My dad loved numbers. The digits that marked daily living—birthdays, anniversaries, addresses, even phone numbers—held particular appeal. After he died, I found countless lottery tickets and scraps of paper scribbled with numbers for everything from daily New York Lotto drawings to Powerball. This was not a random collection of losing tickets; rather, these were logs of my dad’s memories, an archive of his life documented in numbers. Each set of numerals told a story, measured time, recorded moments, re-inscribed relationships—many recognizable to those who were in the know, namely his four kids.
The 2022 baseball season would have delighted my Yankees-fan father (save for the championship series sweep by the Houston Astros). He would have been quick to notice the poetic symmetry found in the quest by outfielder Aaron Judge (whose uniform number is 99) to break the team and American League single season home-run record of sixty-one, set sixty-one years ago in 1961, by outfielder Roger Maris (uniform number 9). Judge broke the record in early October (like Maris) with his sixty-second homer in the 161st game of the 162-game season. I can only imagine my dad’s Powerball ticket telling the story within the confining quirks of a lottery game: 9, 10, 22, 61, 62, with Powerball number 9. Translation: In October 2022 (10, 22) Aaron Judge (9…9, 62) broke the record set in 1961 by Roger Maris, who did it at Yankee Stadium on East 161 St. (9, 61).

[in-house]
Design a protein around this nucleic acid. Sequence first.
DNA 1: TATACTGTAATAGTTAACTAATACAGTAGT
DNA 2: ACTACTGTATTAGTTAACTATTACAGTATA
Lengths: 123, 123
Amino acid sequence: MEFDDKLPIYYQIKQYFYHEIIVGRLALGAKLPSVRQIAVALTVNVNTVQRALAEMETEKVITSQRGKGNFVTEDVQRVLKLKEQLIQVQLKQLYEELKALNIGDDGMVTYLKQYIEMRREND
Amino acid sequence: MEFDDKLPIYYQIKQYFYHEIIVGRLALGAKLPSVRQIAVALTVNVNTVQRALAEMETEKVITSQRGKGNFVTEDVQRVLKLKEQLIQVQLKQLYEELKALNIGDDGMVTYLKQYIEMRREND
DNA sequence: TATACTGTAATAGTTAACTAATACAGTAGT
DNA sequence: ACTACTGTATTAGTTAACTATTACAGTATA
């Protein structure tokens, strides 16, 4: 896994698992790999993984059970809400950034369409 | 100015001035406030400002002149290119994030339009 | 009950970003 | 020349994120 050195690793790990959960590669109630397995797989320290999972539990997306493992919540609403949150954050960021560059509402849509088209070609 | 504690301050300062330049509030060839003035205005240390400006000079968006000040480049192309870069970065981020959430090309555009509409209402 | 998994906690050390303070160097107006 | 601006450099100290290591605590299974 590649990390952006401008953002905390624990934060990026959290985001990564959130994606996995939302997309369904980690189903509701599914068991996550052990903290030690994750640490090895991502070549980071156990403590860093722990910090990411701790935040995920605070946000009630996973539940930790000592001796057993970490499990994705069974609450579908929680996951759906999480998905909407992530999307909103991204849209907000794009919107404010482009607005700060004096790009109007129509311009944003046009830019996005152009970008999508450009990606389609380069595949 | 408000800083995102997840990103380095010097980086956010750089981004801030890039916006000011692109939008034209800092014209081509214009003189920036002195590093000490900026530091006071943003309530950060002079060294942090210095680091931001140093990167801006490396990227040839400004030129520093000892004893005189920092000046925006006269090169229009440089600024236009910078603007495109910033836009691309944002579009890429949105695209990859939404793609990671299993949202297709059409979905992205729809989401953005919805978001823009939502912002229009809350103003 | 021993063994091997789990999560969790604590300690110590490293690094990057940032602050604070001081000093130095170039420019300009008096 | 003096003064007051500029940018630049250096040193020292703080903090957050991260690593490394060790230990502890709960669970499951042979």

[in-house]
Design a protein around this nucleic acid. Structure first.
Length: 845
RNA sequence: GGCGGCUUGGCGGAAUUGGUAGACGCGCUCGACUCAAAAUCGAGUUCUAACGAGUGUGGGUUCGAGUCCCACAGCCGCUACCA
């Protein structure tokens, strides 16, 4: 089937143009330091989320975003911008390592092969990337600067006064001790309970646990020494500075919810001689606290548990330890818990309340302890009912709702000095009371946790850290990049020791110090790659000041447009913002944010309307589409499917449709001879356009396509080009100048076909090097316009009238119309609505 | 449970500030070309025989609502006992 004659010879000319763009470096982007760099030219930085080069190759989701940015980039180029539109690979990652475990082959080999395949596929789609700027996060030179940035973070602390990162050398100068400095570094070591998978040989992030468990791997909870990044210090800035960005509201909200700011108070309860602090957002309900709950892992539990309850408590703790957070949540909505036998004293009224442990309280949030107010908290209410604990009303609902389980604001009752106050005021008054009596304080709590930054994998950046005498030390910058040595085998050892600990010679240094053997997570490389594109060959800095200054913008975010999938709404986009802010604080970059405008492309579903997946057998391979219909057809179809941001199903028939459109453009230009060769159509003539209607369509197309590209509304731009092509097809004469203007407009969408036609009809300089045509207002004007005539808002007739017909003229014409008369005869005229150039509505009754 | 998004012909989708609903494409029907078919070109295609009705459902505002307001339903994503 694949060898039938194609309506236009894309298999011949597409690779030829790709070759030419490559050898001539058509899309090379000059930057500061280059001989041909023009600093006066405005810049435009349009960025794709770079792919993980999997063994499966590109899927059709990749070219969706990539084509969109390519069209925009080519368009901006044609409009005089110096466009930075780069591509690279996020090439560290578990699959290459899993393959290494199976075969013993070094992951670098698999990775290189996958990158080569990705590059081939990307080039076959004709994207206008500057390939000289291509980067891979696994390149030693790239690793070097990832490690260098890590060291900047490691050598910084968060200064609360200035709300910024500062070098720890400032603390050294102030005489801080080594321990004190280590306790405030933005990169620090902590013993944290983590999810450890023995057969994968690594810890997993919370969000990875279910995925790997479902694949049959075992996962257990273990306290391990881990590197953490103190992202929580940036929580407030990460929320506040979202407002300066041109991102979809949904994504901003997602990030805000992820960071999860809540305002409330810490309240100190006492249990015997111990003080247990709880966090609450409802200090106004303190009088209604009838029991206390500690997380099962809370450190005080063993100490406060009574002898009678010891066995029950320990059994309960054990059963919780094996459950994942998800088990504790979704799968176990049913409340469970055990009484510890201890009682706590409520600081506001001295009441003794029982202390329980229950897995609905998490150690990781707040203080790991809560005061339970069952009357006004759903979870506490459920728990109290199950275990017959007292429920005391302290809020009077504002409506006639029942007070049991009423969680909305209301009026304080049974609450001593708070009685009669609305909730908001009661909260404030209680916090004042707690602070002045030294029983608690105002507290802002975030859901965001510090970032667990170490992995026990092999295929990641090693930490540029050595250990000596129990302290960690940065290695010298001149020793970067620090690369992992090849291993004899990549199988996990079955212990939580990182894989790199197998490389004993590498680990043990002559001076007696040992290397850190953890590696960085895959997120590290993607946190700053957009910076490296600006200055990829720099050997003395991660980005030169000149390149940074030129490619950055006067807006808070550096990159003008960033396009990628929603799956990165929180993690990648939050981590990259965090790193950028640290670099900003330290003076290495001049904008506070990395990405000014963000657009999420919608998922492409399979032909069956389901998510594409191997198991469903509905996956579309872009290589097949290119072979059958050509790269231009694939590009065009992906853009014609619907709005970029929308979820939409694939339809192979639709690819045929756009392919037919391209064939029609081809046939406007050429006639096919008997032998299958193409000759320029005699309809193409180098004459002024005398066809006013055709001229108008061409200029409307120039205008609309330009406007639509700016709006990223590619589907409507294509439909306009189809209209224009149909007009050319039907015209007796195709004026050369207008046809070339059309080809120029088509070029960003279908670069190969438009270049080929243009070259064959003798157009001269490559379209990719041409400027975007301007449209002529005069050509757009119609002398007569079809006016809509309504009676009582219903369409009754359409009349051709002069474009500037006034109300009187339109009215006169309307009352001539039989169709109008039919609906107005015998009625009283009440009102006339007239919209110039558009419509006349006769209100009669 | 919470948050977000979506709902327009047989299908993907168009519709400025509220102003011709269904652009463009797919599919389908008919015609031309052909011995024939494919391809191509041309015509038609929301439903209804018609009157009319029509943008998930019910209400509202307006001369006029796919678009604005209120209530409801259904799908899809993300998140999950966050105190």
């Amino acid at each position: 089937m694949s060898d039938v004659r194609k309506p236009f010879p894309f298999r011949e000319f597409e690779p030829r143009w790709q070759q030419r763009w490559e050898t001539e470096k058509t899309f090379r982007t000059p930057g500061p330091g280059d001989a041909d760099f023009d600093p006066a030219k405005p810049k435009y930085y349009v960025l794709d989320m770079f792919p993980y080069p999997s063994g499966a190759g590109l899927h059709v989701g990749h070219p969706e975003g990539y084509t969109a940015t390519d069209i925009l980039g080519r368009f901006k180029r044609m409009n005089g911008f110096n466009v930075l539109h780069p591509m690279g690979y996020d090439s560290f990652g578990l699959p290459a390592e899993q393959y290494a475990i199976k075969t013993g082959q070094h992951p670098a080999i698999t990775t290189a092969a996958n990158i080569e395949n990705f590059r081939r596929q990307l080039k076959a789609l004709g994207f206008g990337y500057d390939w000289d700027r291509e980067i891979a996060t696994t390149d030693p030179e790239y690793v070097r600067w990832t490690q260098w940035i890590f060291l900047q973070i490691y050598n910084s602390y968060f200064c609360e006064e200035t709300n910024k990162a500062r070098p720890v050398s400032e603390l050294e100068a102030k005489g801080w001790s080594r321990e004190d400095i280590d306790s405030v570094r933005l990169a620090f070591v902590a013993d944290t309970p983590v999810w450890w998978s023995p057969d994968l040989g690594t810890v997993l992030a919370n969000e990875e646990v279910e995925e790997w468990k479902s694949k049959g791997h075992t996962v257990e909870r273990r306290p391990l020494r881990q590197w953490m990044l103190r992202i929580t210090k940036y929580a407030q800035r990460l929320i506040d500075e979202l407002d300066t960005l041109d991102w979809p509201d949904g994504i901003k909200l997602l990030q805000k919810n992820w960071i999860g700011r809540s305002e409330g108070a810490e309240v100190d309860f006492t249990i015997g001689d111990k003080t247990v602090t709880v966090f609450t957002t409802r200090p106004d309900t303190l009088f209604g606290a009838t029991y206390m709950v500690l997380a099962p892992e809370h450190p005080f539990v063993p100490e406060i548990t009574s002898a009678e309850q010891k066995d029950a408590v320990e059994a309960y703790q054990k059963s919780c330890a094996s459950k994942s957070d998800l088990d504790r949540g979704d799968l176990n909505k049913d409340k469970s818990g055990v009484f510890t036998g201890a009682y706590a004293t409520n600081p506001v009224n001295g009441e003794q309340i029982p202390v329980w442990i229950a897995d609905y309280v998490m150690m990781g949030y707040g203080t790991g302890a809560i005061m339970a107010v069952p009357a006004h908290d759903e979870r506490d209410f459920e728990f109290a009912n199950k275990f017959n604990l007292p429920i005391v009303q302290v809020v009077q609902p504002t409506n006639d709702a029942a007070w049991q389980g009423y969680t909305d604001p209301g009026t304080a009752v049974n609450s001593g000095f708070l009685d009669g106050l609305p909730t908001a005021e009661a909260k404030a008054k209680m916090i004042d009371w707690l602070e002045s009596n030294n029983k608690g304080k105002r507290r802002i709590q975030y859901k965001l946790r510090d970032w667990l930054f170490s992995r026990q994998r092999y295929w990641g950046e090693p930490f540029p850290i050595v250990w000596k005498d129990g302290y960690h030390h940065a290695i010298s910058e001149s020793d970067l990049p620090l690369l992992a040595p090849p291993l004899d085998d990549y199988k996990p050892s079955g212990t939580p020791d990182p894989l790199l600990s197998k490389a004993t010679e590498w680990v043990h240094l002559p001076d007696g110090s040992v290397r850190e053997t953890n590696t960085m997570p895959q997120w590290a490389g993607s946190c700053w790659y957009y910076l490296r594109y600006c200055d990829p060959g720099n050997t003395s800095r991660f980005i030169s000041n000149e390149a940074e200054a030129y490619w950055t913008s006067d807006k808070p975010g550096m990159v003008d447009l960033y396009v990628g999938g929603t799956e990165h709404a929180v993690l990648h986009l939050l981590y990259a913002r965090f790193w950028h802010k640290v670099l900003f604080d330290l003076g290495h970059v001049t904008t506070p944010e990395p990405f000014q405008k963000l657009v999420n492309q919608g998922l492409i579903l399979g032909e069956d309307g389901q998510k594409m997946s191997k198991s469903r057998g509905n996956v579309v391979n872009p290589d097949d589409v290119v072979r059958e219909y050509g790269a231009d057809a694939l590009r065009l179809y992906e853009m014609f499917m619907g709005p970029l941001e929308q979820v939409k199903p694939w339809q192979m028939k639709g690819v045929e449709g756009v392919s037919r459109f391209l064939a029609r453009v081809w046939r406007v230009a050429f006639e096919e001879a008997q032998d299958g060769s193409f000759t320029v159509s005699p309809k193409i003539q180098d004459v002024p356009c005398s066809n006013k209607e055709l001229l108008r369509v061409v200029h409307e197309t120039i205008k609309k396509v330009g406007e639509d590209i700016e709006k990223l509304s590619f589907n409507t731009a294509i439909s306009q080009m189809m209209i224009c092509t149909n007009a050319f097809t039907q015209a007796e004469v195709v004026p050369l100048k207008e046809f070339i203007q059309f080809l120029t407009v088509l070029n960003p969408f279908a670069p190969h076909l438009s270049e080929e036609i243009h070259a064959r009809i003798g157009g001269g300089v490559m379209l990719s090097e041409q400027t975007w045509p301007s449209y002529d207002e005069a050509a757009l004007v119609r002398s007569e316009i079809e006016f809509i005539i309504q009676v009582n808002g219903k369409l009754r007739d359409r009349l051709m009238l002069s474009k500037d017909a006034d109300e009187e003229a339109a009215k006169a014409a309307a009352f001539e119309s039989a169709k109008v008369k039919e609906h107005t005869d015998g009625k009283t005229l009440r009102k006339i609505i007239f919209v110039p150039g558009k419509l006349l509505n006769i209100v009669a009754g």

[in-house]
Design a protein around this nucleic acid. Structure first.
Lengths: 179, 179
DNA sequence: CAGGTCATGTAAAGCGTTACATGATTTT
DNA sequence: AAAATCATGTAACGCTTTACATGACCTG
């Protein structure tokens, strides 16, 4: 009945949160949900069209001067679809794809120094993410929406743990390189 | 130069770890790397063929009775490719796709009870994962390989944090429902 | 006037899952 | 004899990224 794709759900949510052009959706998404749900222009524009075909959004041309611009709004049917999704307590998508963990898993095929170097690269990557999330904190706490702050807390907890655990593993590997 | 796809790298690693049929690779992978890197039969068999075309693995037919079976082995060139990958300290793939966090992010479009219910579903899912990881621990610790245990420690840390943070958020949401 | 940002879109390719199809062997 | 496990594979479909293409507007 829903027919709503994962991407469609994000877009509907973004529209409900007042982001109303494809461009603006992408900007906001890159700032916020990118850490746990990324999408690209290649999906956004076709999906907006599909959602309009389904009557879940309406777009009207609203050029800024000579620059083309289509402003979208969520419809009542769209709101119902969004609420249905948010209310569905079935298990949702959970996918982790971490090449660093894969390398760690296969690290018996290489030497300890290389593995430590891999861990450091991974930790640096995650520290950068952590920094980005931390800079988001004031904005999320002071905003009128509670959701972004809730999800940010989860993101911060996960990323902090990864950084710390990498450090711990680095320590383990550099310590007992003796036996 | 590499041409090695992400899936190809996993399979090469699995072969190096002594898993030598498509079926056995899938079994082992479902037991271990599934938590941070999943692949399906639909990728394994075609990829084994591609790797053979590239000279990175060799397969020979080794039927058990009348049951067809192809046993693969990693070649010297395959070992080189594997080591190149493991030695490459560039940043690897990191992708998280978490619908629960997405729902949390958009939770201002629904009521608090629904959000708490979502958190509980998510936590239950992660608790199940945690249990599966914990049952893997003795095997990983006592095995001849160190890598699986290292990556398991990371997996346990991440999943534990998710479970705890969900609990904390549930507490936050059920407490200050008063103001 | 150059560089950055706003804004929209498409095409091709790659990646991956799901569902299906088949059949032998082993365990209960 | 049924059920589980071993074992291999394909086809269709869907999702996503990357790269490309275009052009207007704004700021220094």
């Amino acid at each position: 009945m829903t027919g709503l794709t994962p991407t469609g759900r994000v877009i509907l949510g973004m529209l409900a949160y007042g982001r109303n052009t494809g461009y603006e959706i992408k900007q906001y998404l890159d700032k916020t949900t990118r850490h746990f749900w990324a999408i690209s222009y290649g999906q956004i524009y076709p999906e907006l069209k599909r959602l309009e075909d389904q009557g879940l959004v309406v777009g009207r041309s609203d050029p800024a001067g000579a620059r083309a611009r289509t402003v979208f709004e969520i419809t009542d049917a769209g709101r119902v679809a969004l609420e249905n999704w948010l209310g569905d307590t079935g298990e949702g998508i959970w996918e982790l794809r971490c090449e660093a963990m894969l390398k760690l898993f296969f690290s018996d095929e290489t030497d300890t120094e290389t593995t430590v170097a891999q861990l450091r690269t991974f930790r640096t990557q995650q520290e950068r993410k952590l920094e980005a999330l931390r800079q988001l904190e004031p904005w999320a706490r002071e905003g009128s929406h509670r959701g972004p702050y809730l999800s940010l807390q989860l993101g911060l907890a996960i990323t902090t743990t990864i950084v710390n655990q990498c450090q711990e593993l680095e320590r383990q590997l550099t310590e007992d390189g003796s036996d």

Baseball of course is a sport enamored with numbers. A passion for statistics is evident from the earliest box scores, on through the flip-side of baseball cards, and right up to today’s sabermetrics. The so-called science of winning, sabermetrics entails “the search for objective knowledge about baseball.” Each year seems to bring another statistical category, a novel measurement: home-run exit velocity, pitch spin rate, launch angle, and wins above replacement (WAR), my least favorite because of the violent acronym and the reductionist premise that people are hypothetically replaceable. I am still not entirely certain how or even whether knowing such details enhances the fan experience, but increasingly baseball professionals rely on an endless analysis of what appears to be an overwhelming amount of data in order to make a variety of decisions, in the front office and on the field. For fans looking for help to comprehend sportscaster babble, the Society of American Baseball Research (SABR) has a timeline tracing a half-century of sabermetrics history, literature, and highlights, and Major League Baseball provides a glossary of standard and advanced stats.